Community college, tourism agency partner to reopen Zelienople's historic Kaufman House
The restaurant has been closed since a fire in 2011
January 23, 2014 12:00 AM
The Kaufman House restaurant is surrounded by caution tape after its kitchen was destroyed in 2011 by a fire.
By Karen Kane / Pittsburgh Post-Gazette
An effort to bring back an anchor business in Zelienople has taken a major step forward with the signing of a purchase agreement for the Kaufman House.
The charitable foundation that supports the Butler County Tourism and Promotion Agency plans to buy the former restaurant, which was put out of commission by a kitchen fire in 2011, from Ken Pilarski.
The foundation plans to open the business — one that has enjoyed a regional reputation for some 40 years — as a restaurant and hotel. Then, in partnership with the Butler County Community College, the business will be an on-site training facility for college students interested in culinary arts and hospitality.
“This meshes perfectly with part of our mission — economic development and education,’’ said Jack Cohen, president of the Butler County Tourism Foundation.
The target date for reopening is 2016.
Mr. Cohen said when he heard that Mr. Pilarski had abandoned hope of reopening the Kaufman House, he immediately saw it as an opportunity for his agency, for the college and for the community. Nick Neupauer, president of Butler County Community College — which operates culinary arts and hospitality management programs — immediately latched onto the idea.
“We don’t want a main building in the center of town shuttered. If you look at that whole corridor, that’s the anchor building for that community," Mr. Cohen said. "It adds to the vibrance of the community and corridor. And working to bring it back to life just fits every criterion of everything we’re supposed to be doing [as a tourism, economic development and education agency].”
Employees would staff the business, and students would “fill in” and learn at the same time. A management company would be hired to run it as a for-profit entity, Mr. Cohen explained. Before the fire that closed it, the Kaufman House provided 94 full-time jobs.
The purchase price in the agreement signed Jan. 9 is $500,000. Another $2 million will be needed to renovate and reopen. The foundation is the official purchaser but is pursuing grants to cover the costs of buying the building and reopening it. The Butler County Redevelopment Authority is helping in seeking a state anchor building program grant. “We need the grants to make it work, but we’re very hopeful,” Mr. Cohen said. Zelienople and its redevelopment authority also are seeking grants on behalf of the project.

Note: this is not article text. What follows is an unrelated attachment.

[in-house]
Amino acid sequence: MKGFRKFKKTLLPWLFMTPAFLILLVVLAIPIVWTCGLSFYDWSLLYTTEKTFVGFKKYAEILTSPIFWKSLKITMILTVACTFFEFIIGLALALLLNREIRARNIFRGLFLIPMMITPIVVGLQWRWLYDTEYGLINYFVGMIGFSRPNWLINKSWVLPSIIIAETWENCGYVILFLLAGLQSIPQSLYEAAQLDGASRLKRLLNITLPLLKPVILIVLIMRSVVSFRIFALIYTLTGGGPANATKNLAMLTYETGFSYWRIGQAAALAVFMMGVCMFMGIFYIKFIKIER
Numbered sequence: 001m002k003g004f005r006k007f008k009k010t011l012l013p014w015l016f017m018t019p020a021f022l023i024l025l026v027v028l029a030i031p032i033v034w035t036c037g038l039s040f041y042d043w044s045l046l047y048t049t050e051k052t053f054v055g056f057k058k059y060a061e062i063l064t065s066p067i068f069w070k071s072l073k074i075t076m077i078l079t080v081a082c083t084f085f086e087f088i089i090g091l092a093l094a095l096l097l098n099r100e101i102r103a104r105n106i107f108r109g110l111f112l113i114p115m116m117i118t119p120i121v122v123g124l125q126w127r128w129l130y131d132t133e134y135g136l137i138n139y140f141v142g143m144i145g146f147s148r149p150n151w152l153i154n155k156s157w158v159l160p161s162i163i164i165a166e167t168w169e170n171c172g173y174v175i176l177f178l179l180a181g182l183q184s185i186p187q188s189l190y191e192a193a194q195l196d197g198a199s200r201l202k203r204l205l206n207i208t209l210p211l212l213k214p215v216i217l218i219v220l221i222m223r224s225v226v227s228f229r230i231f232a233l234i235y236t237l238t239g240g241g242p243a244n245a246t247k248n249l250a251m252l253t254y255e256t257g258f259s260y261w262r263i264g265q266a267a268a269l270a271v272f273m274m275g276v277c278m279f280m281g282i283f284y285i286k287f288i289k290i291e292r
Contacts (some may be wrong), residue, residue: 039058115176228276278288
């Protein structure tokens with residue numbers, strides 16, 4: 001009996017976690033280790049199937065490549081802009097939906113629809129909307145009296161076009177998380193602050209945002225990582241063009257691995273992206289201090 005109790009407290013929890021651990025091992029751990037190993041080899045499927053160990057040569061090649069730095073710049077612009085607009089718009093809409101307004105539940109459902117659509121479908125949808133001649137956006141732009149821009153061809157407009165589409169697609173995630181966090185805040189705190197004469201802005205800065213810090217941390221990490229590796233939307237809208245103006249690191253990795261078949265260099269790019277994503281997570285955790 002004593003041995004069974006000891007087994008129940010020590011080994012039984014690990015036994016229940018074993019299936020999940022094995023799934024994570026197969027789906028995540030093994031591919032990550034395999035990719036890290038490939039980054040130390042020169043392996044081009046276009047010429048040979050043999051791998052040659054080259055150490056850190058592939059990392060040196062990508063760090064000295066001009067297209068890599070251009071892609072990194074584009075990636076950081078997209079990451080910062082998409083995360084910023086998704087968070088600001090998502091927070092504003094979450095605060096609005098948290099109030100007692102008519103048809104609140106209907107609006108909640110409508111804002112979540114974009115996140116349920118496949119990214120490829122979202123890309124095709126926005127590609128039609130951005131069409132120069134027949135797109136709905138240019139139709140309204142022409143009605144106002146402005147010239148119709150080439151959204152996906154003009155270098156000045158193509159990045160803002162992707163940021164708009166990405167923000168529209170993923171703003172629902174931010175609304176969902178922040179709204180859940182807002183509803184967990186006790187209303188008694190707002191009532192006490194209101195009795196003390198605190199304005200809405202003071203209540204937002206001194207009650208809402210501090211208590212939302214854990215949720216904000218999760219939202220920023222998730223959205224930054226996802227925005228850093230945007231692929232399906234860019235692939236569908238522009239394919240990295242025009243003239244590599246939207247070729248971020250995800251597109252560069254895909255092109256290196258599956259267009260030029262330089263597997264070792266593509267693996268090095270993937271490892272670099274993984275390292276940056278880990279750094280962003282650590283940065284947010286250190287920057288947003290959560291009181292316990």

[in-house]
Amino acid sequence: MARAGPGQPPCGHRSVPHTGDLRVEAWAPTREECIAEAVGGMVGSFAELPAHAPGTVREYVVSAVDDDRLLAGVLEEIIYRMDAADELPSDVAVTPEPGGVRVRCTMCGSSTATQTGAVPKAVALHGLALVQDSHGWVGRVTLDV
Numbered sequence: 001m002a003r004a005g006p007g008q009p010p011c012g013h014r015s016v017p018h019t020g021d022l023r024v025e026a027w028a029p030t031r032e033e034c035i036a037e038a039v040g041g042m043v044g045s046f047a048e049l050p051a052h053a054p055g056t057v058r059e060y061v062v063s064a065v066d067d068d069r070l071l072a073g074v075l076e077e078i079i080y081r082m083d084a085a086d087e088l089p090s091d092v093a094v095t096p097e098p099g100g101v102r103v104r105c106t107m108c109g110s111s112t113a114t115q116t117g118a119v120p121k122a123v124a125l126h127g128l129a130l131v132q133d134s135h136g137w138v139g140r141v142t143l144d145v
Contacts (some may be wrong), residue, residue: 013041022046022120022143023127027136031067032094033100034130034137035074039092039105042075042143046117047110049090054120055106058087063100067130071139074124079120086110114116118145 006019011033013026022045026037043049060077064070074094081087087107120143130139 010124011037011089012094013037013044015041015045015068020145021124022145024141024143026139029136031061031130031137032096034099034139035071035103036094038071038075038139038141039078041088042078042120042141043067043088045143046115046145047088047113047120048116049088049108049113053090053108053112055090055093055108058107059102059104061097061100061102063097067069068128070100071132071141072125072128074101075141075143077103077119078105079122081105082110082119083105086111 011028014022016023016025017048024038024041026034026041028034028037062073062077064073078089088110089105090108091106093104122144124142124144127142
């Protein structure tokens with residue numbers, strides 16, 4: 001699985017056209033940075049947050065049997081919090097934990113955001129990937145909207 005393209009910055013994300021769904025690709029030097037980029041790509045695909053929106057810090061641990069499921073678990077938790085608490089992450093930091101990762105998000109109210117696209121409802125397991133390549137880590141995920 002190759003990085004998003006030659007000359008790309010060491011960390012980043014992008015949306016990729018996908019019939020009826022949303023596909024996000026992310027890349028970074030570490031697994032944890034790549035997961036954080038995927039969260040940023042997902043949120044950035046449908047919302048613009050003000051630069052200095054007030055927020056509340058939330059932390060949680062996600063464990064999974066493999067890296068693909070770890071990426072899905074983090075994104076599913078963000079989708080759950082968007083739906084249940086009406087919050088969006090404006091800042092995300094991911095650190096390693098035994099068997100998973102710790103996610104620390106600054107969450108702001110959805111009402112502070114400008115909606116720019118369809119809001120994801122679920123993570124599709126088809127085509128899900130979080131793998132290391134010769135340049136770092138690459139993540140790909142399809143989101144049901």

Built in 1909, the landmark building once was a restaurant and a hotel with 32 rooms, though the hotel functions were abandoned in the early 1970s. Mr. Cohen said that, after a redesign that meets current codes, the structure would have 18 or 19 hotel rooms along with the restaurant.
Mr. Cohen said the project offers the opportunity to restore jobs to the community, educate local students, revitalize a critical business on the borough’s Main Street, and draw tourists to what is envisioned as a “boutique-style” enterprise.
“We’re glad to be part of such an exciting endeavor that can enhance our credit and non-credit curricula, while providing hands-on experience in a true teaching environment,” Mr. Neupauer said in a written statement. “We believe this opportunity will take our hospitality management program to an unprecedented level that may serve as a model for other colleges nationwide. As Butler County’s community college, we are always looking for meaningful partnerships and collaborations. The partnership is for all of the right reasons. We’re excited about the possibilities.”
The Butler County Redevelopment Authority plans to submit applications for two Pennsylvania Department of Community & Economic Development programs, including the Growing Greener II Main Street and Downtown Redevelopment program and the Keystone Communities Anchor Building program.
Karen Kane: email@example.com or 724-772-9180.
Karen Kane: firstname.lastname@example.org or at 724-772-9180.
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